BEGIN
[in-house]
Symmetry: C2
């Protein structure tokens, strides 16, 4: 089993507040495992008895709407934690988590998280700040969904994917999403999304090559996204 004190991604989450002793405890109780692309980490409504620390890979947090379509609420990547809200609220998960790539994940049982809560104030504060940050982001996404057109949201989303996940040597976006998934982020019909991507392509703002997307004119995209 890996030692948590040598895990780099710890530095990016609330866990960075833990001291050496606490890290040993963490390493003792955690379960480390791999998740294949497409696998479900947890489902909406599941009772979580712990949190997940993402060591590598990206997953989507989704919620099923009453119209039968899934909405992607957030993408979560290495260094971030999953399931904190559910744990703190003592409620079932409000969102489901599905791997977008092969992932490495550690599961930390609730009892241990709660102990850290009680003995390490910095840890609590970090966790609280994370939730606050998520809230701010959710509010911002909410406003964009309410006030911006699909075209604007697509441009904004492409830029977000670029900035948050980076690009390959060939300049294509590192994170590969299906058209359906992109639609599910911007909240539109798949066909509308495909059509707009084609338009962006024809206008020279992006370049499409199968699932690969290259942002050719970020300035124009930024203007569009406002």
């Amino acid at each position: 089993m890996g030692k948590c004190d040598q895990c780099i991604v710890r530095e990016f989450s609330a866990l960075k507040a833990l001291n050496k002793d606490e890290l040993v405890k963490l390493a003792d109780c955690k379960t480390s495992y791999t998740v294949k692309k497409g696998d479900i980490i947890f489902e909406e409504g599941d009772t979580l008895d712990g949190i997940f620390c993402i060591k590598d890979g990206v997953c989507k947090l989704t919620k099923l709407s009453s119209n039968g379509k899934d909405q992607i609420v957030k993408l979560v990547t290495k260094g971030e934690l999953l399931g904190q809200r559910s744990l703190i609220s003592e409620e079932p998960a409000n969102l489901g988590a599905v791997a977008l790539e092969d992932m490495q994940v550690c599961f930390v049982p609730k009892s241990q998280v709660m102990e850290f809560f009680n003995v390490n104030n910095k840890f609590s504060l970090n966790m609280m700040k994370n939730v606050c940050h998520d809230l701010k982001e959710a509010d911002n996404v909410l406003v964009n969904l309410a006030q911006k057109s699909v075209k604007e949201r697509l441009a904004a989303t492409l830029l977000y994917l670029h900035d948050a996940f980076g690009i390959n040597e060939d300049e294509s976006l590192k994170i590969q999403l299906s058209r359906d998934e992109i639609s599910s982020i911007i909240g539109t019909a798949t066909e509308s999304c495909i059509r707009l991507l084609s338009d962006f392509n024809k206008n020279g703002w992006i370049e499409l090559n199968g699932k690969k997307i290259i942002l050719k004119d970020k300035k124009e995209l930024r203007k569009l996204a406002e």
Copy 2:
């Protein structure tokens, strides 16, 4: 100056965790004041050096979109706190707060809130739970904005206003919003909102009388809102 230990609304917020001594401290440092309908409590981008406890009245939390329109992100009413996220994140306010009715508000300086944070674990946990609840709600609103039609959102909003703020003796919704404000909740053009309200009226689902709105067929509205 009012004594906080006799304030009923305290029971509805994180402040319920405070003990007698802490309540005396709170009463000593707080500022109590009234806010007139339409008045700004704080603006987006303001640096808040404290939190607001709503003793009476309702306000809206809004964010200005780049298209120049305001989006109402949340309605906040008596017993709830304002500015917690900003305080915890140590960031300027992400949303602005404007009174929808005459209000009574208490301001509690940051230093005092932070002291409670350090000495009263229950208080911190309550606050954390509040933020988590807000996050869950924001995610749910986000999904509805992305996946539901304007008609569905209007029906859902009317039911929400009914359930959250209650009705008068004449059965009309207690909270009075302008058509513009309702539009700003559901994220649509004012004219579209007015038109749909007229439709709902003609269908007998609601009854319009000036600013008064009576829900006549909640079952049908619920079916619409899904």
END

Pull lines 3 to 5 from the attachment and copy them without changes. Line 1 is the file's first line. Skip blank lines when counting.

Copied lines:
């Protein structure tokens, strides 16, 4: 089993507040495992008895709407934690988590998280700040969904994917999403999304090559996204 004190991604989450002793405890109780692309980490409504620390890979947090379509609420990547809200609220998960790539994940049982809560104030504060940050982001996404057109949201989303996940040597976006998934982020019909991507392509703002997307004119995209 890996030692948590040598895990780099710890530095990016609330866990960075833990001291050496606490890290040993963490390493003792955690379960480390791999998740294949497409696998479900947890489902909406599941009772979580712990949190997940993402060591590598990206997953989507989704919620099923009453119209039968899934909405992607957030993408979560290495260094971030999953399931904190559910744990703190003592409620079932409000969102489901599905791997977008092969992932490495550690599961930390609730009892241990709660102990850290009680003995390490910095840890609590970090966790609280994370939730606050998520809230701010959710509010911002909410406003964009309410006030911006699909075209604007697509441009904004492409830029977000670029900035948050980076690009390959060939300049294509590192994170590969299906058209359906992109639609599910911007909240539109798949066909509308495909059509707009084609338009962006024809206008020279992006370049499409199968699932690969290259942002050719970020300035124009930024203007569009406002």
């Amino acid at each position: 089993m890996g030692k948590c004190d040598q895990c780099i991604v710890r530095e990016f989450s609330a866990l960075k507040a833990l001291n050496k002793d606490e890290l040993v405890k963490l390493a003792d109780c955690k379960t480390s495992y791999t998740v294949k692309k497409g696998d479900i980490i947890f489902e909406e409504g599941d009772t979580l008895d712990g949190i997940f620390c993402i060591k590598d890979g990206v997953c989507k947090l989704t919620k099923l709407s009453s119209n039968g379509k899934d909405q992607i609420v957030k993408l979560v990547t290495k260094g971030e934690l999953l399931g904190q809200r559910s744990l703190i609220s003592e409620e079932p998960a409000n969102l489901g988590a599905v791997a977008l790539e092969d992932m490495q994940v550690c599961f930390v049982p609730k009892s241990q998280v709660m102990e850290f809560f009680n003995v390490n104030n910095k840890f609590s504060l970090n966790m609280m700040k994370n939730v606050c940050h998520d809230l701010k982001e959710a509010d911002n996404v909410l406003v964009n969904l309410a006030q911006k057109s699909v075209k604007e949201r697509l441009a904004a989303t492409l830029l977000y994917l670029h900035d948050a996940f980076g690009i390959n040597e060939d300049e294509s976006l590192k994170i590969q999403l299906s058209r359906d998934e992109i639609s599910s982020i911007i909240g539109t019909a798949t066909e509308s999304c495909i059509r707009l991507l084609s338009d962006f392509n024809k206008n020279g703002w992006i370049e499409l090559n199968g699932k690969k997307i290259i942002l050719k004119d970020k300035k124009e995209l930024r203007k569009l996204a406002e």
Copy 2: